Positive and Negative Effects Of Energy Drinks On Athletes

positive and negative effects of energy drinks

Energy drinks are causing positive and negative effects on athletes

In other articles we have discussed a lot of negative effects that energy drinks can cause to dental health. Some new research has shown other negative effects on our health as well. This study shows positive and negative effects of energy drinks on athletes.

Some negative effects of energy drinks on athletes are an increase of insomnia, nervousness and high levels of stimulation in the hours following competition. Some positive effects were that the athletes saw improvements of between 3 and 7 percent in their sports performance.

The four year study which was conducted by researchers from Camilo Jose Cela University observed top athletes who took the equivalent of three cans of energy drink or an energy drink placebo before their competitions.

Read more about this study and the positive and negative effects of energy drinks by reading the article found on Med India here: Energy Drinks Cause Insomnia and Nervousness in Athletes.

Are Athletes More At Risk For Cavities?

A study published in The British Journal of Sports Medicine, was done on athletes and their oral health. There have been hints that athletes could be more at risk for cavities and other oral health issues.  The study examined 278 athletes at the 2012 Summer Olympics in London. The interesting findings were that a majority of these athletes exhibited poor oral health including tooth dec25211649-silhouette-of-man-with-premium-medalay and gum disease.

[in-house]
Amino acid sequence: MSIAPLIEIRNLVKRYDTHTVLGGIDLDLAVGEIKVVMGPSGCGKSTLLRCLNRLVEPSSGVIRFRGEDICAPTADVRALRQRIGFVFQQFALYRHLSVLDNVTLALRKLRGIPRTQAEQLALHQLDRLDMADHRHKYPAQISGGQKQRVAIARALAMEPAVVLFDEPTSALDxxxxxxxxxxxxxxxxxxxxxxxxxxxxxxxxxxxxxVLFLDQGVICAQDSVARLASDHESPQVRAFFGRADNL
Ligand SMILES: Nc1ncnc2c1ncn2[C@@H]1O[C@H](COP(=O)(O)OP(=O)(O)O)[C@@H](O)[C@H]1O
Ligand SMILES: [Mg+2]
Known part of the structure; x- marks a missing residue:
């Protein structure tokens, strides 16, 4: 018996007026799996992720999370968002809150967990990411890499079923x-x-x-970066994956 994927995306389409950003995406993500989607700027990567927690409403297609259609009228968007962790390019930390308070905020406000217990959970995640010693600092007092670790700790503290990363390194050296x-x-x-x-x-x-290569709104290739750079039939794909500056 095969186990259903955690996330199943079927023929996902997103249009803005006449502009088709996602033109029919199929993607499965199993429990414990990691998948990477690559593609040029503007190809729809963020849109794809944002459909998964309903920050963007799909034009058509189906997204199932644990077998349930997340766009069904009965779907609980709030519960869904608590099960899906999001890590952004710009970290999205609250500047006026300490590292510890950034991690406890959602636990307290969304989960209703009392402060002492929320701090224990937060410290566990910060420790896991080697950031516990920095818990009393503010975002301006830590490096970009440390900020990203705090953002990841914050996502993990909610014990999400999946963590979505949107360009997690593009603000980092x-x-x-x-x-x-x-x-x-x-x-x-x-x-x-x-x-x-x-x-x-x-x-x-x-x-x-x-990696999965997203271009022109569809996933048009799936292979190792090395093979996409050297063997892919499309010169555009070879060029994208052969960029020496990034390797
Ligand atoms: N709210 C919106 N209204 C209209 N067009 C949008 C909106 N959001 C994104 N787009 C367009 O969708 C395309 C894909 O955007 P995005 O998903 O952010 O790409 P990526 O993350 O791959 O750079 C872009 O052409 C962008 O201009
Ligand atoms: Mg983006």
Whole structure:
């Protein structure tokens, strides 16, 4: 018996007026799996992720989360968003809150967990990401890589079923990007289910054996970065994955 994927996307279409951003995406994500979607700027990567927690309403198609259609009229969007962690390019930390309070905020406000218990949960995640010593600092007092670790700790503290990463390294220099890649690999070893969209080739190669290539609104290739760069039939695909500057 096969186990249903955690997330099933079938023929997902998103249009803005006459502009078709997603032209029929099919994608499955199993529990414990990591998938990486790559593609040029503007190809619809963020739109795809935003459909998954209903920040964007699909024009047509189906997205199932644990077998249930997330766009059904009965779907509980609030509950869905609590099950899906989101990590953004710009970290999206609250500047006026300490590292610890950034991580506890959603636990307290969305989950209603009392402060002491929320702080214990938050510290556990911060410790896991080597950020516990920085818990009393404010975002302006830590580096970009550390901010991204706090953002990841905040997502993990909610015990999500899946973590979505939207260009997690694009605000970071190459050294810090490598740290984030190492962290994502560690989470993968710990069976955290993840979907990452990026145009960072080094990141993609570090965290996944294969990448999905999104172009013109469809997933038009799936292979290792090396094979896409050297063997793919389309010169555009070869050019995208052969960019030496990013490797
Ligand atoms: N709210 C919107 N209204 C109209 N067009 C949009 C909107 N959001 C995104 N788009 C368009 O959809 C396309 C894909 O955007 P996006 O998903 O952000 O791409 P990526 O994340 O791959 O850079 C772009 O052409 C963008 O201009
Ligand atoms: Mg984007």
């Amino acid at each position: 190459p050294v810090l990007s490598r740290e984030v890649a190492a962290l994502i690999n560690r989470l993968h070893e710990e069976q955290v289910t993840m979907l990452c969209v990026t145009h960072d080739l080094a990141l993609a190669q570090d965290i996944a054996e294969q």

You may think that sugary sports drinks and energy bars could be a primary cause of the athletes poor oral health, but some other studies done didn’t really find much a of a link there. Some researchers at the dental school in University Hospital Heidelberg, Germany, recruited some athletes to delve further into the link between them and poor oral health. To read about this interesting study, check out the article from the New York Times here: Is Exercise Bad For Your Teeth?

Reduce Sports-Related Concussions with Custom-Made Mouthguards

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photo by Peter Gordon

Sports organizations, everything from youth recreational programs to professional leagues, have all increased  their radar on the affects of mild traumatic brain injuries (concussions) and how to prevent them. According to Medical News Today, athletes can reduce their risk of concussion injuries by wearing custom-made mouthguards. In a study published in General Dentistry, high school football players who wore mouthguards bought from a store, over-the-counter, were more than twice as likely to suffer concussions than those who wore a mouthguard that was custom-made by a dentist for their mouth.

Read more about the study and topic here: Athlete’s Risk of Concussion Reduced by Custom-Made Mouthguards.